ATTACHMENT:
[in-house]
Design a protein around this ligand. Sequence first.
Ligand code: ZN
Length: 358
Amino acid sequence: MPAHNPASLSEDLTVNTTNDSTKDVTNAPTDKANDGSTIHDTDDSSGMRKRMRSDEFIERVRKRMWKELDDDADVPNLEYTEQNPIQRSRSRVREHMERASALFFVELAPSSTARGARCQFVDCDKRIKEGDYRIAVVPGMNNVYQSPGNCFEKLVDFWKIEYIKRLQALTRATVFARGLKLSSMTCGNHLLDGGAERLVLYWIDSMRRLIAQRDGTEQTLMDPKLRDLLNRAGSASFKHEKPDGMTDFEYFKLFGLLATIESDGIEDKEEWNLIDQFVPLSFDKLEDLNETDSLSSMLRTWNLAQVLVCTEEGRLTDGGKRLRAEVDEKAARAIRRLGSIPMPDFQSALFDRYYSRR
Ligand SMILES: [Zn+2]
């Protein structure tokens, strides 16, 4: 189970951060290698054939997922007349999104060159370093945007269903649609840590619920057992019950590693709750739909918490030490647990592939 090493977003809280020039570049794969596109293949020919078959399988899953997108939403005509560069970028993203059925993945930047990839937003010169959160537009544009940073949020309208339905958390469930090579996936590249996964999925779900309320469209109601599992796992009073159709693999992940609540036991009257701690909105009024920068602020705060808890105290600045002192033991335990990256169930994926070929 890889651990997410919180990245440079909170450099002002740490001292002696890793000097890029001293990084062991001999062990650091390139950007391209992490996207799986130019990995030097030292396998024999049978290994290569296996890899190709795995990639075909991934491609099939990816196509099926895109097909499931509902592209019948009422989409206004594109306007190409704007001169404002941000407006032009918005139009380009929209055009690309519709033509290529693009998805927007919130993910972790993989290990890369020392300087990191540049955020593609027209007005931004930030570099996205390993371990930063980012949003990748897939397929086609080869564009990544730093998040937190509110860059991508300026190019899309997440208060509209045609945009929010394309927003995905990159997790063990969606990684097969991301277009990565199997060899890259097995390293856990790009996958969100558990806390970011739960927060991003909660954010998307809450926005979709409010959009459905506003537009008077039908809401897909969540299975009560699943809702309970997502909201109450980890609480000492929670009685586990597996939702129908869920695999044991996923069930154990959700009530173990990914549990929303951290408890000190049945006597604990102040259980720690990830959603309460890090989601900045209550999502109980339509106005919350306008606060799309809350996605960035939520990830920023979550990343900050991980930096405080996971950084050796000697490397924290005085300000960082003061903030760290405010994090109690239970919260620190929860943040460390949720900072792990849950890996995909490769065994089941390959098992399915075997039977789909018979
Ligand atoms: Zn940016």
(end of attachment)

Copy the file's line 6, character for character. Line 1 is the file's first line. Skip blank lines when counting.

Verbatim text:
Ligand SMILES: [Zn+2]